Image of Ajit Lalvani, DM; Image credit: Imperial College London
Ajit Lalvani, DM; Image credit: Imperial College London

People who are fully vaccinated against COVID-19 are just as infectious as their unvaccinated counterparts, albeit for a shorter period of time, finds an unusual new household study from the United Kingdom. 

The study enrolled 621 participants with mild or asymptomatic COVID-19 caused by the highly contagious delta variant. They were identified using the UK’s contact tracing system between September 2020 and September 2021. All were tested daily for detectable infection using PCR tests, whether symptomatic or not.

Two doses of a COVID-19 vaccine have been shown to lessen the risk of contracting COVID-19, and fully vaccinated people are known to clear the virus more quickly. But the current study found that, at the peak of infection, vaccinated participants carry a viral load that is similar to that of unvaccinated individuals.

This may explain why vaccinated participants easily transmitted the delta variant of the SARS-CoV-2 virus in their households, including to other fully vaccinated contacts, according to study lead Ajit Lalvani, DM, of Imperial College London. The findings may also explain why the delta variant is causing high case numbers worldwide even in population with high vaccination rates, he and his colleagues explained.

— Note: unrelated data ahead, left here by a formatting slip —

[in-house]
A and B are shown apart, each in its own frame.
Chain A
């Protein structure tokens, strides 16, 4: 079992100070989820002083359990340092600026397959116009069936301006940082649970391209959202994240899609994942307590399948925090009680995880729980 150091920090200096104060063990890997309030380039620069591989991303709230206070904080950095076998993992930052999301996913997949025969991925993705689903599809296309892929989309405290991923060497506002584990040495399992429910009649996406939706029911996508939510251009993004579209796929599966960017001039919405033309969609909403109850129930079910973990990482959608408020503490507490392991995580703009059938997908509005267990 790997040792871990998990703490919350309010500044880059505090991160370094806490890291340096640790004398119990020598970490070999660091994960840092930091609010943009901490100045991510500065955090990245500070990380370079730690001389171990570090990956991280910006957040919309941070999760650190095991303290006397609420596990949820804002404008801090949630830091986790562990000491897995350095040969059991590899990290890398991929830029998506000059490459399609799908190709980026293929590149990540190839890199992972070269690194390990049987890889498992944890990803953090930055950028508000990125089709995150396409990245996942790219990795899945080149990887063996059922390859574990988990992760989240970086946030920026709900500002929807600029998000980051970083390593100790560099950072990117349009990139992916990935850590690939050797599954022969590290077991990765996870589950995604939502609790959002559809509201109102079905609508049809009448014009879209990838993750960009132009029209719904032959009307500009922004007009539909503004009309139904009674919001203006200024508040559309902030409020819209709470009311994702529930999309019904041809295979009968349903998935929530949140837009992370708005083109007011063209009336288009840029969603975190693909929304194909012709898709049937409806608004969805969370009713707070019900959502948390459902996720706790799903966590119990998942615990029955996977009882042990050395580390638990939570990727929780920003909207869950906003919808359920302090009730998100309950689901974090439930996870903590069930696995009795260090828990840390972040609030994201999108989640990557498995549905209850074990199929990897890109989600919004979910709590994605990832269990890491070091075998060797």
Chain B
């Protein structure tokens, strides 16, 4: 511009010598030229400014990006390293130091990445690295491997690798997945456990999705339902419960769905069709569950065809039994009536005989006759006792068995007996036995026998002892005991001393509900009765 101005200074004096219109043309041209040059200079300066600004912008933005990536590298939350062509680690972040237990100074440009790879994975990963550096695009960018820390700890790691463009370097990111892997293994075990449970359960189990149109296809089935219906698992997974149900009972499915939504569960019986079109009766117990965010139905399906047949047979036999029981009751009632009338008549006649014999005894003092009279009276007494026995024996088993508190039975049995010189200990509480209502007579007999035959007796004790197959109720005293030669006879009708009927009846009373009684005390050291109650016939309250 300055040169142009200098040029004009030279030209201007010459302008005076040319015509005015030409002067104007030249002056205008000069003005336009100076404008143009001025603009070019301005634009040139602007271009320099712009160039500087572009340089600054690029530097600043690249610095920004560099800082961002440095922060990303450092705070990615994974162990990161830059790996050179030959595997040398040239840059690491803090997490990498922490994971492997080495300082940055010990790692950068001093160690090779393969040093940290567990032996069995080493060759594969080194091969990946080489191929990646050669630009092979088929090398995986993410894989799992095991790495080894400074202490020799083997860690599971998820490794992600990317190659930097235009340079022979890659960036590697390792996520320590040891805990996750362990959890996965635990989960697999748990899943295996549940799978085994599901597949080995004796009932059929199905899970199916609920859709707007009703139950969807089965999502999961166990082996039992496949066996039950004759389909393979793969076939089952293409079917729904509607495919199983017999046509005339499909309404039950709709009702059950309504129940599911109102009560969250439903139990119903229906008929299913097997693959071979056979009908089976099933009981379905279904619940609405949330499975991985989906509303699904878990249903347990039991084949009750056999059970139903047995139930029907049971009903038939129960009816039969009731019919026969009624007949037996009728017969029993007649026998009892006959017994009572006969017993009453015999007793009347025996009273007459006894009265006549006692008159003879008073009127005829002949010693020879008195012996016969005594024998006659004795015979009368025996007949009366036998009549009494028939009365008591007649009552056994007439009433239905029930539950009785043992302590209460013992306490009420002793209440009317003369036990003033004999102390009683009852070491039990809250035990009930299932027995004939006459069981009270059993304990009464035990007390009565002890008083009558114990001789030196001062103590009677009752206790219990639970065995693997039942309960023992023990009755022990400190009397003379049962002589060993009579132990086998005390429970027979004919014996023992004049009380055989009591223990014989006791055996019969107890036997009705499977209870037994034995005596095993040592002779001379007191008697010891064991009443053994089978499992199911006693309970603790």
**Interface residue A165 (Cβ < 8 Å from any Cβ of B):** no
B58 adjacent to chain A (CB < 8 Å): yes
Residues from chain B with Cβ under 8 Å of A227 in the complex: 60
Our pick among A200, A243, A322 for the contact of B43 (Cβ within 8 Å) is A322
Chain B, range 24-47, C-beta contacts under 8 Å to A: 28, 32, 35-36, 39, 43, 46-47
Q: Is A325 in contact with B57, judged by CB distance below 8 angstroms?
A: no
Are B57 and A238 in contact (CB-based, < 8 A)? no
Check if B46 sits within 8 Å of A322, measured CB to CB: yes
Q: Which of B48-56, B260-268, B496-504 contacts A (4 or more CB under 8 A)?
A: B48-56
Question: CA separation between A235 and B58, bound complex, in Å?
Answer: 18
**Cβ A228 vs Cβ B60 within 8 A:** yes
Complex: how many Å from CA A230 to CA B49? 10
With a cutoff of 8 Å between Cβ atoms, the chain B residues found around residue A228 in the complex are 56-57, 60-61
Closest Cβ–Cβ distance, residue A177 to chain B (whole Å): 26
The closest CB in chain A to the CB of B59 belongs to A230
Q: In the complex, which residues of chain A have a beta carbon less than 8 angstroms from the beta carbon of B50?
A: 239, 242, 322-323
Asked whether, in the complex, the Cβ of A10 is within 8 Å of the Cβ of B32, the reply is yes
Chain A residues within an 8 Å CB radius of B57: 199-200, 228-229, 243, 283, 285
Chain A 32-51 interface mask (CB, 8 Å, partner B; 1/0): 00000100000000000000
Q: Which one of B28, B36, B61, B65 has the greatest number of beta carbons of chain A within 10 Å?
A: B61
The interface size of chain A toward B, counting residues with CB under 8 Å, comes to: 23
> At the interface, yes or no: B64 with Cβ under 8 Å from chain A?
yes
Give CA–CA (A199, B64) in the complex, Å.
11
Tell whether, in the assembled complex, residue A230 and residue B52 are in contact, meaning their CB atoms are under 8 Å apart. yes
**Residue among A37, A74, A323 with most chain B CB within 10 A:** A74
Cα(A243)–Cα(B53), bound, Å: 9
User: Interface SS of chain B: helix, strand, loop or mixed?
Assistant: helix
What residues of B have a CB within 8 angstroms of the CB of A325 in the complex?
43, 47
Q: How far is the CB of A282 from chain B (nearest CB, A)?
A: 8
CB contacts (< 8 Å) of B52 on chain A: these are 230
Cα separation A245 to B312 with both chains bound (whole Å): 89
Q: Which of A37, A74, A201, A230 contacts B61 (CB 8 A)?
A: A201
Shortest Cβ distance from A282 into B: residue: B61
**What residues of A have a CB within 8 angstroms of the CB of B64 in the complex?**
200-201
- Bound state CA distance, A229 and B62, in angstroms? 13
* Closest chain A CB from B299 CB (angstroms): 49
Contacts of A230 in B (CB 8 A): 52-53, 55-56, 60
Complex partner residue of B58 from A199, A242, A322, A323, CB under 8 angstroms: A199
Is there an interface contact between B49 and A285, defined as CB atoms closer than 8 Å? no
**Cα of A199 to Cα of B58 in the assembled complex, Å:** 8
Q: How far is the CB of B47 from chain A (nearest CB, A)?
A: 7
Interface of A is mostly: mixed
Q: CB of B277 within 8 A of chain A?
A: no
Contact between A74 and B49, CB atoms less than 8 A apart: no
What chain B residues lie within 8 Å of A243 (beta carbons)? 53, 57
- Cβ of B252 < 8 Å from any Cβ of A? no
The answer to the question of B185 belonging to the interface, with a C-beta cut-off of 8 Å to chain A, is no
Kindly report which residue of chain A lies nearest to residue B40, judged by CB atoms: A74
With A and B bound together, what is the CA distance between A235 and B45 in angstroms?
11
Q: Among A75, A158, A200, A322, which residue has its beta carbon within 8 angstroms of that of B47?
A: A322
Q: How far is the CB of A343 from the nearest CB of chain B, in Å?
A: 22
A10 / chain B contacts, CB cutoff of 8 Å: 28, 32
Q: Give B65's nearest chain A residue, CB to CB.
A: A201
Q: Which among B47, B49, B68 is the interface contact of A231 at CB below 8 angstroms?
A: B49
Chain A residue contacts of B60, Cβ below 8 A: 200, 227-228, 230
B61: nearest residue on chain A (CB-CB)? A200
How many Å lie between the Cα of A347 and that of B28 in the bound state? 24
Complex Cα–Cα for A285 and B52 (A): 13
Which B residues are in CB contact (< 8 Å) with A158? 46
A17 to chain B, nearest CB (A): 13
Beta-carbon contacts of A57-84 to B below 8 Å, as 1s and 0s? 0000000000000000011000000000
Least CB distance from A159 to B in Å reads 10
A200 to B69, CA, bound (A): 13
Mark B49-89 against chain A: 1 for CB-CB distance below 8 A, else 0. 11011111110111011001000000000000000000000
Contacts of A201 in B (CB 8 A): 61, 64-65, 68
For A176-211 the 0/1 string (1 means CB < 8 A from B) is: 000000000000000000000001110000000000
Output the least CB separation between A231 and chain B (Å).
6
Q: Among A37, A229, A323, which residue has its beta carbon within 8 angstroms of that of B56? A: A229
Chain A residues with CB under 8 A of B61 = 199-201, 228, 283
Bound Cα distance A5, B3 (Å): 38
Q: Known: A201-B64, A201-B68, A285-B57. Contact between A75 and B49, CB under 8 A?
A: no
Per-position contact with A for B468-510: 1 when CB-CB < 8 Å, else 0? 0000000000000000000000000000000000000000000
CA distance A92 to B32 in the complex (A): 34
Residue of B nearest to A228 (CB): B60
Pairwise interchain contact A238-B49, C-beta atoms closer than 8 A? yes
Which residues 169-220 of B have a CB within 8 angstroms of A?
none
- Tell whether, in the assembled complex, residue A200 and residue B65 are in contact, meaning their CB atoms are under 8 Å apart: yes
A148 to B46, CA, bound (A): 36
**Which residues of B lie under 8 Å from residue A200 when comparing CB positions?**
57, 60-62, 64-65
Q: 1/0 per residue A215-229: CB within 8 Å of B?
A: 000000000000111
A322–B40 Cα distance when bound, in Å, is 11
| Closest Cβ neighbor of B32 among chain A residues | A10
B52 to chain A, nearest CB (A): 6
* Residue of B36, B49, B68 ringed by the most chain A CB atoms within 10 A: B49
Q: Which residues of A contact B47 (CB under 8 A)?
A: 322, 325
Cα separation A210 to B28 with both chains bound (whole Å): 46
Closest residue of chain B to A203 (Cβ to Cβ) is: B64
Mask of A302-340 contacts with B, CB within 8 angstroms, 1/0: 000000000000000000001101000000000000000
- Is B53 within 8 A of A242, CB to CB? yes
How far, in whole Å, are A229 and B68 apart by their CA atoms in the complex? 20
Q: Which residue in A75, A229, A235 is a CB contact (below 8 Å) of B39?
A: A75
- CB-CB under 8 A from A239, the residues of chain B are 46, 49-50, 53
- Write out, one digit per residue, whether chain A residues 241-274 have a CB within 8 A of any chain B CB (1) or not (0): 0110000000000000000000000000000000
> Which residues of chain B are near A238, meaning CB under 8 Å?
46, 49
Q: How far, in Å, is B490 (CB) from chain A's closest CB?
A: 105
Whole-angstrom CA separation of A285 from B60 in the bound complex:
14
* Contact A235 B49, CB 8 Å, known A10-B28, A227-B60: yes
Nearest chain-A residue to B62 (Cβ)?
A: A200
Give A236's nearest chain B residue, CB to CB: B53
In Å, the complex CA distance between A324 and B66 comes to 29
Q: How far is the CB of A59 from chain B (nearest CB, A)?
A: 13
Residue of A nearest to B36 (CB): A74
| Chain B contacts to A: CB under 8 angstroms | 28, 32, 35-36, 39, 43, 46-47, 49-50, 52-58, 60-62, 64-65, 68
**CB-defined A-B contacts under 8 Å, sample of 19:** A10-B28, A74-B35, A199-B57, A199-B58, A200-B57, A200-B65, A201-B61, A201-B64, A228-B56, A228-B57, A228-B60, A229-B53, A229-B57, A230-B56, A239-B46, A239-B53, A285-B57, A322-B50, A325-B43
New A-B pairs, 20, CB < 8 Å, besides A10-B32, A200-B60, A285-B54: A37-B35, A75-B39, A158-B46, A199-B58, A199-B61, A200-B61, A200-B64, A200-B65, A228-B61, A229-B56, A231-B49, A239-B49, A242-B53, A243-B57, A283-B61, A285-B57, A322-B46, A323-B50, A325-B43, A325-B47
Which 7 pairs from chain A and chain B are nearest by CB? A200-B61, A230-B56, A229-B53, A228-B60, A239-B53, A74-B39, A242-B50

Protecting vulnerable groups

Although vaccines remain highly effective at preventing severe disease and deaths from COVID-19, the results suggest that vaccination is “not sufficient to prevent transmission of the delta variant in household settings with prolonged exposures,” the researchers wrote. It is advisable for people at risk of disease progression and severe illness to take additional precautions, such as getting a booster shot, they added.

“Our analysis suggests that direct protection of individuals at risk of severe outcomes, via vaccination and non-pharmacological interventions, will remain central to containing the burden of disease caused by the delta variant,” they concluded.

The study was published in the Lancet.